Marvin Lee Minsky (born August 9, 1927) is an American cognitive in the field of artificial intelligence (AI), co-founder of MIT 's AI laboratory, and author of several texts on AI and philosophy.
Minsky won the Turing Award in 1969, the Japan Prize in 1990, the IJCAI Award for Research Excellence in 1991, and the Benjamin Franklin Medal from the Franklin Institute in 2001.
Minsky is listed on Google Directory as one of the all time top six people in the field of artificial intelligence. Isaac Asimov described Minsky as one of only two people he would admit were more intelligent than himself, the other being Carl Sagan. Patrick Winston has also described Minsky as the smartest person he has ever met. Minsky is a childhood friend of the Yale University critic Harold Bloom, who has referred to him as "the sinister Marvin Minsky." Ray Kurzweil has referred to Minsky as his mentor.
Minsky's patents include the first head-mounted graphical display (1963) and the confocal microscope (1957, a predecessor to today's widely used confocal laser scanning microscope). He developed, with Seymour Papert, the first Logo “turtle”. Minsky also built, in 1951, the first randomly wired neural network learning machine, SNARC.
Minsky wrote the book Perceptrons (with Seymour Papert), which became the foundational work in the analysis of artificial neural networks. This book is the center of a controversy in the history of AI, as some claim it to have had great importance in driving research away from neural networks in the 1970s, and contributing to the so-called AI winter. That said, none of the mathematical proofs present in the book, which are still important and interesting to the study of perceptron networks, were ever countered.
Minsky was an adviser on the movie 2001: A Space Odyssey and is referred to in the movie and book.
Probably no one would ever know this; it did not matter. In the 1960s, Minsky and Good had shown how neural networks could be generated automatically—self replicated—in accordance with any arbitrary learning program. Artificial brains could be grown by a process strikingly analogous to the development of a human brain. In any given case, the precise details would never be known, and even if they were, they would be millions of times too complex for human understanding.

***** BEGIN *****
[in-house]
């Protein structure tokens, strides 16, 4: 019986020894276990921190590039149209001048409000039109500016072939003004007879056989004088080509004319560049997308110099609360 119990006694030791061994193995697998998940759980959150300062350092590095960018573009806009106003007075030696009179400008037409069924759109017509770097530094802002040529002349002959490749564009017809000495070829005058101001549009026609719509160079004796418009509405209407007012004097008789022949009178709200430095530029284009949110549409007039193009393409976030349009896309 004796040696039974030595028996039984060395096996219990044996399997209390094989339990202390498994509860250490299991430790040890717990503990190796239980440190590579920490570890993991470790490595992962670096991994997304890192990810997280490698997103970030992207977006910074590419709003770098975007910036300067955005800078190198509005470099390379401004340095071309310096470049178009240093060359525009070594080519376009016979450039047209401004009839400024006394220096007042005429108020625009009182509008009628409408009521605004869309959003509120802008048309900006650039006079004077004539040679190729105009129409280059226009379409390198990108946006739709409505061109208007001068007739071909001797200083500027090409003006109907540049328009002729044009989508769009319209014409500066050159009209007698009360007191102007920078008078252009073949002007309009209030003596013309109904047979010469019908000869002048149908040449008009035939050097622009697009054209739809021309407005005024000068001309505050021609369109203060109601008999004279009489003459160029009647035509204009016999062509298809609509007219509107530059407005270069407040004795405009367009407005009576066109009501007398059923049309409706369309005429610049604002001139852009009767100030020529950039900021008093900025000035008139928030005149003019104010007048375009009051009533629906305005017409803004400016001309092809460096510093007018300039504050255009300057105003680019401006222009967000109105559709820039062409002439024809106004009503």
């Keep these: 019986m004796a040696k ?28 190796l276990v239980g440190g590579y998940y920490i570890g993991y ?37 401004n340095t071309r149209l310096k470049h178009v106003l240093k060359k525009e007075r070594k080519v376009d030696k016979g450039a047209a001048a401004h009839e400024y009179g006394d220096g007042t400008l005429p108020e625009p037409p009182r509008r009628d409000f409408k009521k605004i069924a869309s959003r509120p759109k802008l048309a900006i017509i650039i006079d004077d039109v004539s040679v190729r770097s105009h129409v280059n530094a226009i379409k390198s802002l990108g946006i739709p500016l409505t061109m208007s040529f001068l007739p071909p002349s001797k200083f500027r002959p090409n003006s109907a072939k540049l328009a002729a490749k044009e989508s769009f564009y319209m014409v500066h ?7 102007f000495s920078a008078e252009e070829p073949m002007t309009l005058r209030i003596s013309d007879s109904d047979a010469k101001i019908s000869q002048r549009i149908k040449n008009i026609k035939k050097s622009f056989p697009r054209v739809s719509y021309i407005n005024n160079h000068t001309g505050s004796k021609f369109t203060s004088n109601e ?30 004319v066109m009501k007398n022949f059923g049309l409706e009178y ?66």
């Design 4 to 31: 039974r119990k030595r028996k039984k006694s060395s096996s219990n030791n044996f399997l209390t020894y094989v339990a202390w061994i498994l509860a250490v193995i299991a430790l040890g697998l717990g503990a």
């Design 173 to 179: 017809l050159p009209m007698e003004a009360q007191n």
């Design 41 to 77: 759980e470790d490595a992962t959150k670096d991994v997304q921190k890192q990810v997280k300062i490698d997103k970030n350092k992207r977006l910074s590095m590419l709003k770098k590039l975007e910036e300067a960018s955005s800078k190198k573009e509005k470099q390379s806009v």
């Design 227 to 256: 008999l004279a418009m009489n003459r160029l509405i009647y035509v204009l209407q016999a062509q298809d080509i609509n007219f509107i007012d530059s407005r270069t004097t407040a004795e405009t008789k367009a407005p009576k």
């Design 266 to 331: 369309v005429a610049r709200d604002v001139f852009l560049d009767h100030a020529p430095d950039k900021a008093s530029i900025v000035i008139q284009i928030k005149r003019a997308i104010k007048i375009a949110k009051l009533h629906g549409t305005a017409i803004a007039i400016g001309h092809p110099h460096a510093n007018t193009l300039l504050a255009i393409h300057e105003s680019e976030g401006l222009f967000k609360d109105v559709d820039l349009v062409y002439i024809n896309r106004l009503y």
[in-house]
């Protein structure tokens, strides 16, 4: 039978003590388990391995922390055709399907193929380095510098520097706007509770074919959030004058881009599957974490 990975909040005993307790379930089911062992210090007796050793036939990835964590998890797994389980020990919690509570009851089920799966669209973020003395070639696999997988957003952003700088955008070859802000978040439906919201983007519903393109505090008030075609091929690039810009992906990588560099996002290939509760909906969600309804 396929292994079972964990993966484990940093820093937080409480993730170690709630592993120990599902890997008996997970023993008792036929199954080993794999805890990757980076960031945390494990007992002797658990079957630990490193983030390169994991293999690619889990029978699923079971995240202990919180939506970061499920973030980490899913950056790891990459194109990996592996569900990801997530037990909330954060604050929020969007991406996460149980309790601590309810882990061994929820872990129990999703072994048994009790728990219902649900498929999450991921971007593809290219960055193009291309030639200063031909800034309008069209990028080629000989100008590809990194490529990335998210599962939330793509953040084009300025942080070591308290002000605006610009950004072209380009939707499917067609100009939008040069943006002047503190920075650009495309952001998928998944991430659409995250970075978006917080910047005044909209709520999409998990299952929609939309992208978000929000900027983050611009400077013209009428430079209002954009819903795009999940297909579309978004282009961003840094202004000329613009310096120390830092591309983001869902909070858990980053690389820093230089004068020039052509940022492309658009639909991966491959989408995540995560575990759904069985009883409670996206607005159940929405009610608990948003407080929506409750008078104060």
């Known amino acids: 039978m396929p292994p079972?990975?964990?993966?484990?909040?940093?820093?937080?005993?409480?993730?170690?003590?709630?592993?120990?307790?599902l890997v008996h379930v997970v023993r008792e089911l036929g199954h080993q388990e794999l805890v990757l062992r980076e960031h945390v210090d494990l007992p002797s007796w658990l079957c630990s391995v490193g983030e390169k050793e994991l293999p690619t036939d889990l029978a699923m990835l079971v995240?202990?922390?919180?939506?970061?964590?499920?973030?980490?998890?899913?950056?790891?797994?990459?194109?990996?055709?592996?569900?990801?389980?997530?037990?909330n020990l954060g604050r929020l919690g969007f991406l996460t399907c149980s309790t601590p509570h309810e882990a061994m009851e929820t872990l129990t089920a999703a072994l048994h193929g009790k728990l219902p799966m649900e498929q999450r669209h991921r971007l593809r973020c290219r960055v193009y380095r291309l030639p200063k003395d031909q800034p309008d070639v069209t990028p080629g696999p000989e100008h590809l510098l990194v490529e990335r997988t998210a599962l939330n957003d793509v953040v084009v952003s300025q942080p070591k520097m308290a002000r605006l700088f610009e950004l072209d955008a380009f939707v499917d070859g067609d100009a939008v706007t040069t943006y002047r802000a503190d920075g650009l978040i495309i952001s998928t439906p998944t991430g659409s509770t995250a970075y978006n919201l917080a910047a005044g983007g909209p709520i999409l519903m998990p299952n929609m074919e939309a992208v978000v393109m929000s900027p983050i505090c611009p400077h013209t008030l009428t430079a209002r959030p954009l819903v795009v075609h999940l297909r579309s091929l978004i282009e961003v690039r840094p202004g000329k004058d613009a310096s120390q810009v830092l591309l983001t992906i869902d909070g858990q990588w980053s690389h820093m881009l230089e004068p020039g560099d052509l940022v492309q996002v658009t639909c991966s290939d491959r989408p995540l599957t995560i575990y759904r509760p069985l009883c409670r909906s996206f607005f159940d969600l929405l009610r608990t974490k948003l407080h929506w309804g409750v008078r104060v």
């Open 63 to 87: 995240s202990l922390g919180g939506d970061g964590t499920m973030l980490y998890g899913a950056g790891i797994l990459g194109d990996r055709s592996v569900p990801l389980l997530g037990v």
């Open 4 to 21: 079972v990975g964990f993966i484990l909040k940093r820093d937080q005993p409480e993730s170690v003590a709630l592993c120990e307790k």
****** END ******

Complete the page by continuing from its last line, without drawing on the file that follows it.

—Arthur C. Clarke, 2001: A Space Odyssey
In the early 1970s at the MIT Artificial Intelligence Lab, Minsky and Seymour Papert started developing what came to be called The Society of Mind theory. The theory attempts to explain how what we call intelligence could be a product of the interaction of non-intelligent parts. Minsky says that the biggest source of ideas about the theory came from his work in trying to create a machine that uses a robotic arm, a video camera, and a computer to build with children's blocks. In 1986, Minsky published Robotics, a comprehensive book on the theory which, unlike most of his previously published work, was written for a general audience.
In November 2006, Minsky published The Emotion Machine, a book that critiques many popular theories of how human minds work and suggests alternative theories, often replacing simple ideas with more complex ones. Recent drafts of the book are freely available from his webpage.
Minsky is an actor in an artificial intelligence Koan (attributed to his student, Danny Hillis) from the Jargon file:
In the days when Sussman was a novice, Minsky once came to him as he sat hacking at the PDP-6 (computer).
"What are you doing?" asked Minsky.
"I am training a randomly wired neural net to play Tic-tac-toe,”
"Why is the net wired randomly?", asked Minsky.
"I do not want it to have any preconceptions of how to play," Sussman said.
Minsky then shut his eyes.
"Why do you close your eyes?" Sussman asked his teacher.
"So that the room will be empty."
At that moment, Sussman was enlightened.
What I actually said was, "If you wire it randomly, it will still have preconceptions of how to play. But you just won't know what those preconceptions are." --Marvin Minsky